Has it not been shown us how inseparable the union between the Spirit and the Word is throughout the Scriptures?  From the origins by the Spirit and the Word in Genesis 1 to the absence of these two in Revelation 11, and finally the heavenly river and fruits seen in Revelation 22.  The Word is the Spirit and the Spirit the Word, there is a union, not unlike marriage, that exists between the two.  As Jesus spoke concerning marriage, “a man shall leave his father and mother and be joined to his wife, and the two shall become one flesh” (Matt. 19:5).  The two may have been separate things, but with their joining together we can only see one flesh – just as there is only one sword called the Spirit and the Bible.  And furthermore, Jesus says concerning the marriage union, “Therefore what God has joined together, let not man separate.” (Matt. 19:6).  

It is tragic that so many professing Christians are not exhibiting true worship.  All Spirit is not true worship.  All Word is not true worship.  Only Spirit and Word.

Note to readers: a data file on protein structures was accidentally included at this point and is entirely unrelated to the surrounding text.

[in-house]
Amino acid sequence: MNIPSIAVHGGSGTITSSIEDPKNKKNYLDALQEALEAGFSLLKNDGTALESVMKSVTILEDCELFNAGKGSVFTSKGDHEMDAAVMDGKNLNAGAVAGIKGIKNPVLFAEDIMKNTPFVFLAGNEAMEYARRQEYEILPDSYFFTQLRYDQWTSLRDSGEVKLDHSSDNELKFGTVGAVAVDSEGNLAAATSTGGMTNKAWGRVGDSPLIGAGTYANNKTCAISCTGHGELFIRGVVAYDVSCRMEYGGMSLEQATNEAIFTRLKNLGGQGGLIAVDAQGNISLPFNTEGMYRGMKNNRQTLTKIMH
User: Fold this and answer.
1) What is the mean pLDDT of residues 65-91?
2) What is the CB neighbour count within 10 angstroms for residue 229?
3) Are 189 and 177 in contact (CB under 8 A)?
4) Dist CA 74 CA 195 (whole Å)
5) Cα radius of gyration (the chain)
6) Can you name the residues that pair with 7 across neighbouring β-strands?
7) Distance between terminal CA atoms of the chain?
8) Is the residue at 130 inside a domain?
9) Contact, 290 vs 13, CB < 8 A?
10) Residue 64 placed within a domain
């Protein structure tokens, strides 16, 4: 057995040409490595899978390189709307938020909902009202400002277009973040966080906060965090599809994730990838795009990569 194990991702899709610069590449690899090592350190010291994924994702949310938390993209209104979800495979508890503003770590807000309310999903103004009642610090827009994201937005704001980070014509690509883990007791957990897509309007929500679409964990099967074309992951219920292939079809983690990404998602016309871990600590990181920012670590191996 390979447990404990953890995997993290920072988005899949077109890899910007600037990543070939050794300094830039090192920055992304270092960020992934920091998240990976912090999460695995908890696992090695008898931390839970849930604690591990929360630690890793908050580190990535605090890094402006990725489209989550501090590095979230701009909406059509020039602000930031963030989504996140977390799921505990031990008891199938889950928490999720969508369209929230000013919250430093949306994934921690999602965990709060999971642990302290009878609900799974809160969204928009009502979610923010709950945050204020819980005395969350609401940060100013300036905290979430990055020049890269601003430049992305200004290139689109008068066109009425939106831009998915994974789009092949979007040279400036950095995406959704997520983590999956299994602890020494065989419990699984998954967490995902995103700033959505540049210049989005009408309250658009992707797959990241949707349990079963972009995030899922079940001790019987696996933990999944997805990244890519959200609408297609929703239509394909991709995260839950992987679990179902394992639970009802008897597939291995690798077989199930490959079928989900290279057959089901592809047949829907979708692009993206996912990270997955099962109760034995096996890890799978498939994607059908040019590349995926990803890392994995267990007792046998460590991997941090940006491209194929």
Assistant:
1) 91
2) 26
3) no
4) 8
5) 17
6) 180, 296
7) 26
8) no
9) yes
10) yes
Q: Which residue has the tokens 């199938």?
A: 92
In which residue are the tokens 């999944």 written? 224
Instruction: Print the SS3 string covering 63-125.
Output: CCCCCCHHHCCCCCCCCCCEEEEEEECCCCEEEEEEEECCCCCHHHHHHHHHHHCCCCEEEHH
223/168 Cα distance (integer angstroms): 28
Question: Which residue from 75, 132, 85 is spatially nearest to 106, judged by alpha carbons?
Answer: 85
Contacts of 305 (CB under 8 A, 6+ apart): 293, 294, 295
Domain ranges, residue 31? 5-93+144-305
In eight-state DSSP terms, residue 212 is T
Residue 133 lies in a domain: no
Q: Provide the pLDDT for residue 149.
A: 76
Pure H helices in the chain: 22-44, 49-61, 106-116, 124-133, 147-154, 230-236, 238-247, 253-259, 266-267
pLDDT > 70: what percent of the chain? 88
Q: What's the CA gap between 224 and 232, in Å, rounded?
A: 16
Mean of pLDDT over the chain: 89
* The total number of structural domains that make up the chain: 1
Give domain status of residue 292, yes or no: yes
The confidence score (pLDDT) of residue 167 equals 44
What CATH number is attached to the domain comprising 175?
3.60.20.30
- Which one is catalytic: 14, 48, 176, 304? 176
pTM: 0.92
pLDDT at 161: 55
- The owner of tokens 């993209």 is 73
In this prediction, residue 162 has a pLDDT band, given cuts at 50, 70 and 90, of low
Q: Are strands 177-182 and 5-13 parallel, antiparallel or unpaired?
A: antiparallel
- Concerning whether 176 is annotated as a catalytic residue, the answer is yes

To those who exalt the Spirit above the Bible…I ask how you know whether you are listening to the Spirit or your own soulish desires.  You may say, “I just know it”, but many cults have been started under the same guise.  What is the standard God gives for dividing what is spiritual from what is soulish?  “For the word of God is living and powerful, and sharper than any two-edged sword, piercing even to THE DIVISION OF SOUL AND SPIRIT, and of joints and marrow, AND IS A DISCERNER OF THE THOUGHTS AND INTENTS OF THE HEART.” (Heb. 4:12, emphasis mine).  You may indeed have true zeal for the Lord, but without the Word, without knowledge of the truth, your very zeal may become deadly: “It is not good to have zeal without knowledge, nor to be hasty and miss the way.” (Prov. 19:2, NIV).  Whatever you are growing, if it did not originate from the seed of the Word, it cannot be incorruptible (1 Pet. 1:23).  You must repent and return to the Word.